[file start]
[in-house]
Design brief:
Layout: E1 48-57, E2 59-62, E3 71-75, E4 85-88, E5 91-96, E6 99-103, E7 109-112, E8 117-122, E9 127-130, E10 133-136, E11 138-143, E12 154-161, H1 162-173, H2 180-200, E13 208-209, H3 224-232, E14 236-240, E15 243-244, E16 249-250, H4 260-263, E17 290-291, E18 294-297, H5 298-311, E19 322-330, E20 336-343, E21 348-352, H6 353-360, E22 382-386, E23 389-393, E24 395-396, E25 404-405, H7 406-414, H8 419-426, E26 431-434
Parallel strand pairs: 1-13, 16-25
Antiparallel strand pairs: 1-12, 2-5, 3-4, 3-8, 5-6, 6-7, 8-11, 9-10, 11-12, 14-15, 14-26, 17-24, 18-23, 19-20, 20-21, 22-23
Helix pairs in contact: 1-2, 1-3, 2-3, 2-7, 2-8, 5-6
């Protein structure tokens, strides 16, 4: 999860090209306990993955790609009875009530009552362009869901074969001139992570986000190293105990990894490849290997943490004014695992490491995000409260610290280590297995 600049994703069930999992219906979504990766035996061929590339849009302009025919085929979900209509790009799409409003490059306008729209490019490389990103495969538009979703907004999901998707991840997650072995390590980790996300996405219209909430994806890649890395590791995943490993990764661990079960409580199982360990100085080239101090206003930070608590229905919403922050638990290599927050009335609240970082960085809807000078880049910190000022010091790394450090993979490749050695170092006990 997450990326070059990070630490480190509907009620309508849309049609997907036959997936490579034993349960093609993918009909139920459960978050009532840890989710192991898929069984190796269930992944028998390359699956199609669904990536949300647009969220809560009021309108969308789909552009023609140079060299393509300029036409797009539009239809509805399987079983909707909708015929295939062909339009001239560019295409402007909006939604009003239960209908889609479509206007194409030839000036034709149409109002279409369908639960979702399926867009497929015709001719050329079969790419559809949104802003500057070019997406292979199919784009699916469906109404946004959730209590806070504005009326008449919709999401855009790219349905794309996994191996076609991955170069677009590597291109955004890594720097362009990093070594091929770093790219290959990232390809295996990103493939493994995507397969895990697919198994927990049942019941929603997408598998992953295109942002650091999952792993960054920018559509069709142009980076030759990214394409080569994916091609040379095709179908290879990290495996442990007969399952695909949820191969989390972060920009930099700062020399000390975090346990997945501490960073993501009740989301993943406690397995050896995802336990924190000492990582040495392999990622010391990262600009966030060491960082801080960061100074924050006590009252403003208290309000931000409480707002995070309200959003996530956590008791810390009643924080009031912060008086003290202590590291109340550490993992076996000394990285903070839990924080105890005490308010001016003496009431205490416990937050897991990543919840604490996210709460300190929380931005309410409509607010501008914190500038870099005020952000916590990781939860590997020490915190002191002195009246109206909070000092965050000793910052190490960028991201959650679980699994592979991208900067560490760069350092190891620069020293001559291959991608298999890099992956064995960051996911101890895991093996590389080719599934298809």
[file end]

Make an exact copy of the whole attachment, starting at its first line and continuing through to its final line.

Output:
[in-house]
Design brief:
Layout: E1 48-57, E2 59-62, E3 71-75, E4 85-88, E5 91-96, E6 99-103, E7 109-112, E8 117-122, E9 127-130, E10 133-136, E11 138-143, E12 154-161, H1 162-173, H2 180-200, E13 208-209, H3 224-232, E14 236-240, E15 243-244, E16 249-250, H4 260-263, E17 290-291, E18 294-297, H5 298-311, E19 322-330, E20 336-343, E21 348-352, H6 353-360, E22 382-386, E23 389-393, E24 395-396, E25 404-405, H7 406-414, H8 419-426, E26 431-434
Parallel strand pairs: 1-13, 16-25
Antiparallel strand pairs: 1-12, 2-5, 3-4, 3-8, 5-6, 6-7, 8-11, 9-10, 11-12, 14-15, 14-26, 17-24, 18-23, 19-20, 20-21, 22-23
Helix pairs in contact: 1-2, 1-3, 2-3, 2-7, 2-8, 5-6
């Protein structure tokens, strides 16, 4: 999860090209306990993955790609009875009530009552362009869901074969001139992570986000190293105990990894490849290997943490004014695992490491995000409260610290280590297995 600049994703069930999992219906979504990766035996061929590339849009302009025919085929979900209509790009799409409003490059306008729209490019490389990103495969538009979703907004999901998707991840997650072995390590980790996300996405219209909430994806890649890395590791995943490993990764661990079960409580199982360990100085080239101090206003930070608590229905919403922050638990290599927050009335609240970082960085809807000078880049910190000022010091790394450090993979490749050695170092006990 997450990326070059990070630490480190509907009620309508849309049609997907036959997936490579034993349960093609993918009909139920459960978050009532840890989710192991898929069984190796269930992944028998390359699956199609669904990536949300647009969220809560009021309108969308789909552009023609140079060299393509300029036409797009539009239809509805399987079983909707909708015929295939062909339009001239560019295409402007909006939604009003239960209908889609479509206007194409030839000036034709149409109002279409369908639960979702399926867009497929015709001719050329079969790419559809949104802003500057070019997406292979199919784009699916469906109404946004959730209590806070504005009326008449919709999401855009790219349905794309996994191996076609991955170069677009590597291109955004890594720097362009990093070594091929770093790219290959990232390809295996990103493939493994995507397969895990697919198994927990049942019941929603997408598998992953295109942002650091999952792993960054920018559509069709142009980076030759990214394409080569994916091609040379095709179908290879990290495996442990007969399952695909949820191969989390972060920009930099700062020399000390975090346990997945501490960073993501009740989301993943406690397995050896995802336990924190000492990582040495392999990622010391990262600009966030060491960082801080960061100074924050006590009252403003208290309000931000409480707002995070309200959003996530956590008791810390009643924080009031912060008086003290202590590291109340550490993992076996000394990285903070839990924080105890005490308010001016003496009431205490416990937050897991990543919840604490996210709460300190929380931005309410409509607010501008914190500038870099005020952000916590990781939860590997020490915190002191002195009246109206909070000092965050000793910052190490960028991201959650679980699994592979991208900067560490760069350092190891620069020293001559291959991608298999890099992956064995960051996911101890895991093996590389080719599934298809």